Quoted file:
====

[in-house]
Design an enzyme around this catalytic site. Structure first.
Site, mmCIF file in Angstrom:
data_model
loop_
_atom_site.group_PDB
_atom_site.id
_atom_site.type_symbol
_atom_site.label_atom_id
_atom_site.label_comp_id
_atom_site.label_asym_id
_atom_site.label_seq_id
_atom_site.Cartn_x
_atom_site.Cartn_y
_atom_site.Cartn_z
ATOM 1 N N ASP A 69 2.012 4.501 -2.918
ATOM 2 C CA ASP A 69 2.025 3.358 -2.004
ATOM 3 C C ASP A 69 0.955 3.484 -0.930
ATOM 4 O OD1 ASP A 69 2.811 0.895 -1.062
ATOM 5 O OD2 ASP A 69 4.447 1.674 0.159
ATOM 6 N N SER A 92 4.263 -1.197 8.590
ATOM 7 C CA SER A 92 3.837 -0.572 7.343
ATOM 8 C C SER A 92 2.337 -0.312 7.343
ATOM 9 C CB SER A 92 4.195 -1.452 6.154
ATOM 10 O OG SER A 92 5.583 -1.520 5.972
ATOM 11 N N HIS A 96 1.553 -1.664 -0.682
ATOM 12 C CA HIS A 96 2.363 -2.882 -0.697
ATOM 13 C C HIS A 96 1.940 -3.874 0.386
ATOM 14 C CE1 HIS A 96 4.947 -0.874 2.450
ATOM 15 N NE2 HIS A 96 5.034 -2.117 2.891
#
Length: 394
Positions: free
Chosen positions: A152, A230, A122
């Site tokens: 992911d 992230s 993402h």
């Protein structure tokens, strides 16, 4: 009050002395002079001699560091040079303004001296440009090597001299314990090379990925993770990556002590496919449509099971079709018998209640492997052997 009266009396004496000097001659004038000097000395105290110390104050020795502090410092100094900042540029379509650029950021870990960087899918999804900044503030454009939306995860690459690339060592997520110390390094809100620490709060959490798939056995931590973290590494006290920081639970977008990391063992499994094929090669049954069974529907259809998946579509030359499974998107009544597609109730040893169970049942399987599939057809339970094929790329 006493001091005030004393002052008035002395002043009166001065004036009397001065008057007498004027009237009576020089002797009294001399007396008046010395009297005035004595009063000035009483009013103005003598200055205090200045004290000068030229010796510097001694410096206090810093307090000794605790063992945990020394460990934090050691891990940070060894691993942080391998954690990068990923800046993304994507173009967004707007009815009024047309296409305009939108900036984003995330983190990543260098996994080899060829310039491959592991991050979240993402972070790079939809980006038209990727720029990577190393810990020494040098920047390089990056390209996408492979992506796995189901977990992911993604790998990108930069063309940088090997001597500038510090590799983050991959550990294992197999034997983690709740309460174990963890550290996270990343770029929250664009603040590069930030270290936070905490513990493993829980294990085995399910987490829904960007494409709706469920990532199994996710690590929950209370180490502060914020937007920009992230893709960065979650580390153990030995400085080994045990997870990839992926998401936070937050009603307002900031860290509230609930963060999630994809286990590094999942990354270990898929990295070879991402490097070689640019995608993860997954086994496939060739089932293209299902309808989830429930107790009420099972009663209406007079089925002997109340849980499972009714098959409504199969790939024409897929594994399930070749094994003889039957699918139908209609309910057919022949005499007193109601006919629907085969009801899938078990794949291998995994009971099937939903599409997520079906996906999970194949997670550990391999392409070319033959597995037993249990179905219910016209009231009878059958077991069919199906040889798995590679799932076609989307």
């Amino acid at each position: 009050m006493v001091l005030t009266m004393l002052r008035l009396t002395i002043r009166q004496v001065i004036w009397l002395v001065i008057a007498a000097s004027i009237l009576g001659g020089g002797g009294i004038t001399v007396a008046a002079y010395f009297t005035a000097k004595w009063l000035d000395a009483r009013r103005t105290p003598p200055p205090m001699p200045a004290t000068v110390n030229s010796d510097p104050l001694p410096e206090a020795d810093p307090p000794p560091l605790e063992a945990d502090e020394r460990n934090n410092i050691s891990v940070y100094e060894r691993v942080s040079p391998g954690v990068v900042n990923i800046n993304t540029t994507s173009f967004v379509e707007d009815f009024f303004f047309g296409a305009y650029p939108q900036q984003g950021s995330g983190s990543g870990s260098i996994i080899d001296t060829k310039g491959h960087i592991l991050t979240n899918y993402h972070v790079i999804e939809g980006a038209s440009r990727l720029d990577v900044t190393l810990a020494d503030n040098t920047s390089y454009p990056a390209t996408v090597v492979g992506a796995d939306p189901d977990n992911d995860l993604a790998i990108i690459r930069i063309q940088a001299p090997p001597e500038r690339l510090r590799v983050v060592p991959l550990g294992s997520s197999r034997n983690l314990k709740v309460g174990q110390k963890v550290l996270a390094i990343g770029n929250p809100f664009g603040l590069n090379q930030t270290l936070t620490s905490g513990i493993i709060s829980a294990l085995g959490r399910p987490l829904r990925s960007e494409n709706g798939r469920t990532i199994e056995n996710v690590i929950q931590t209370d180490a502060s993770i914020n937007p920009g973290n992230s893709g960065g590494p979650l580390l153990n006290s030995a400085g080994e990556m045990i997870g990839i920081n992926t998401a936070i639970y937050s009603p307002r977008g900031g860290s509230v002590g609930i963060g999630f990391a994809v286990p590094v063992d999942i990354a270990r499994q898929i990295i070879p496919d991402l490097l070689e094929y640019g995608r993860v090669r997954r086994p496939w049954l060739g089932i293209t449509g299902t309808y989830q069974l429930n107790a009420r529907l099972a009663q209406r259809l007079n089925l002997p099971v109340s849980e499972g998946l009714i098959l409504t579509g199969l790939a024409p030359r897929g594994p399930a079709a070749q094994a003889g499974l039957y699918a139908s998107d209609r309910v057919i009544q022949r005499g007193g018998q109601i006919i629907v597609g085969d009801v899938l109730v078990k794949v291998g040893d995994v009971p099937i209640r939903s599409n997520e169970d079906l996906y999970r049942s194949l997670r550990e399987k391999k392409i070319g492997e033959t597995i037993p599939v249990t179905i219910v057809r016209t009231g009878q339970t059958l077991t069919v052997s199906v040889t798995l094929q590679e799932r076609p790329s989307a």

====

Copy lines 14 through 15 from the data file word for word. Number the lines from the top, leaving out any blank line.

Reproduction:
_atom_site.Cartn_y
_atom_site.Cartn_z